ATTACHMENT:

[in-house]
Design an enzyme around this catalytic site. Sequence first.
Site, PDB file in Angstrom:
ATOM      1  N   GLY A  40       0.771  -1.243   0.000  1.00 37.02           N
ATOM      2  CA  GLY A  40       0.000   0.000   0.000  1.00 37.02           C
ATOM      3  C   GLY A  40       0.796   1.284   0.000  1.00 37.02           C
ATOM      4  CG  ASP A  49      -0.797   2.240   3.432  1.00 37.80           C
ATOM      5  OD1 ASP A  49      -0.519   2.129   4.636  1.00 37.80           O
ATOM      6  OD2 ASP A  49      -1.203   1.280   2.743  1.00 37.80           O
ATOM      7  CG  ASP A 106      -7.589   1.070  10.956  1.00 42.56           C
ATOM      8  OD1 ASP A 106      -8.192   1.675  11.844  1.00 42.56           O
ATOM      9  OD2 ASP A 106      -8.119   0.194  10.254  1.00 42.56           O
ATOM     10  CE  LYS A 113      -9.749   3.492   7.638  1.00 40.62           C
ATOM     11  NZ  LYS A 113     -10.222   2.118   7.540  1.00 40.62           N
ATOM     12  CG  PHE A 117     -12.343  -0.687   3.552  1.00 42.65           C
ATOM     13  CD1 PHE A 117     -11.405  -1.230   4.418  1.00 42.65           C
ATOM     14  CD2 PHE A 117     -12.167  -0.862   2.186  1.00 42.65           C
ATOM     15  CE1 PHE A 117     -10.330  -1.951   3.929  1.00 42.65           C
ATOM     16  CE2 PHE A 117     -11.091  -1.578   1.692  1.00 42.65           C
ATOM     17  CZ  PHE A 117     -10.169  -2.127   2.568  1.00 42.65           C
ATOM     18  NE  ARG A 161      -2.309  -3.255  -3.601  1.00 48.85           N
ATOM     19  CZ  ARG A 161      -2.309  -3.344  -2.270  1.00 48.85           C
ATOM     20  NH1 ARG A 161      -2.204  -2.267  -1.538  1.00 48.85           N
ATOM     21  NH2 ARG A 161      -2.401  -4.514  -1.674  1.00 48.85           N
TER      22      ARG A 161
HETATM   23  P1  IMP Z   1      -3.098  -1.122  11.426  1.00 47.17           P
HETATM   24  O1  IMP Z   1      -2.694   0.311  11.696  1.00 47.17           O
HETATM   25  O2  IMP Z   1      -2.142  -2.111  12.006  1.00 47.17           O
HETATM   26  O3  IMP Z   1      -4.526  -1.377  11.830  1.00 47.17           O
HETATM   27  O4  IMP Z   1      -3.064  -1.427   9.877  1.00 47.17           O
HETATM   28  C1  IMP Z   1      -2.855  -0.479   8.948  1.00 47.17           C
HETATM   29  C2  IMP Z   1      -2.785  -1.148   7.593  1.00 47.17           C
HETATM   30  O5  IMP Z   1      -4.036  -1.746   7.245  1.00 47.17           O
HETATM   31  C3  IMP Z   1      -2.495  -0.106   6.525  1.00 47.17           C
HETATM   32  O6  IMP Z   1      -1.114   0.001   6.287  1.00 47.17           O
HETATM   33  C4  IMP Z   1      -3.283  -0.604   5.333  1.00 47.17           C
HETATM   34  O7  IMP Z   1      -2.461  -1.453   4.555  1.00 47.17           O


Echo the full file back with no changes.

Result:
[in-house]
Design an enzyme around this catalytic site. Sequence first.
Site, PDB file in Angstrom:
ATOM      1  N   GLY A  40       0.771  -1.243   0.000  1.00 37.02           N
ATOM      2  CA  GLY A  40       0.000   0.000   0.000  1.00 37.02           C
ATOM      3  C   GLY A  40       0.796   1.284   0.000  1.00 37.02           C
ATOM      4  CG  ASP A  49      -0.797   2.240   3.432  1.00 37.80           C
ATOM      5  OD1 ASP A  49      -0.519   2.129   4.636  1.00 37.80           O
ATOM      6  OD2 ASP A  49      -1.203   1.280   2.743  1.00 37.80           O
ATOM      7  CG  ASP A 106      -7.589   1.070  10.956  1.00 42.56           C
ATOM      8  OD1 ASP A 106      -8.192   1.675  11.844  1.00 42.56           O
ATOM      9  OD2 ASP A 106      -8.119   0.194  10.254  1.00 42.56           O
ATOM     10  CE  LYS A 113      -9.749   3.492   7.638  1.00 40.62           C
ATOM     11  NZ  LYS A 113     -10.222   2.118   7.540  1.00 40.62           N
ATOM     12  CG  PHE A 117     -12.343  -0.687   3.552  1.00 42.65           C
ATOM     13  CD1 PHE A 117     -11.405  -1.230   4.418  1.00 42.65           C
ATOM     14  CD2 PHE A 117     -12.167  -0.862   2.186  1.00 42.65           C
ATOM     15  CE1 PHE A 117     -10.330  -1.951   3.929  1.00 42.65           C
ATOM     16  CE2 PHE A 117     -11.091  -1.578   1.692  1.00 42.65           C
ATOM     17  CZ  PHE A 117     -10.169  -2.127   2.568  1.00 42.65           C
ATOM     18  NE  ARG A 161      -2.309  -3.255  -3.601  1.00 48.85           N
ATOM     19  CZ  ARG A 161      -2.309  -3.344  -2.270  1.00 48.85           C
ATOM     20  NH1 ARG A 161      -2.204  -2.267  -1.538  1.00 48.85           N
ATOM     21  NH2 ARG A 161      -2.401  -4.514  -1.674  1.00 48.85           N
TER      22      ARG A 161
HETATM   23  P1  IMP Z   1      -3.098  -1.122  11.426  1.00 47.17           P
HETATM   24  O1  IMP Z   1      -2.694   0.311  11.696  1.00 47.17           O
HETATM   25  O2  IMP Z   1      -2.142  -2.111  12.006  1.00 47.17           O
HETATM   26  O3  IMP Z   1      -4.526  -1.377  11.830  1.00 47.17           O
HETATM   27  O4  IMP Z   1      -3.064  -1.427   9.877  1.00 47.17           O
HETATM   28  C1  IMP Z   1      -2.855  -0.479   8.948  1.00 47.17           C
HETATM   29  C2  IMP Z   1      -2.785  -1.148   7.593  1.00 47.17           C
HETATM   30  O5  IMP Z   1      -4.036  -1.746   7.245  1.00 47.17           O
HETATM   31  C3  IMP Z   1      -2.495  -0.106   6.525  1.00 47.17           C
HETATM   32  O6  IMP Z   1      -1.114   0.001   6.287  1.00 47.17           O
HETATM   33  C4  IMP Z   1      -3.283  -0.604   5.333  1.00 47.17           C
HETATM   34  O7  IMP Z   1      -2.461  -1.453   4.555  1.00 47.17           O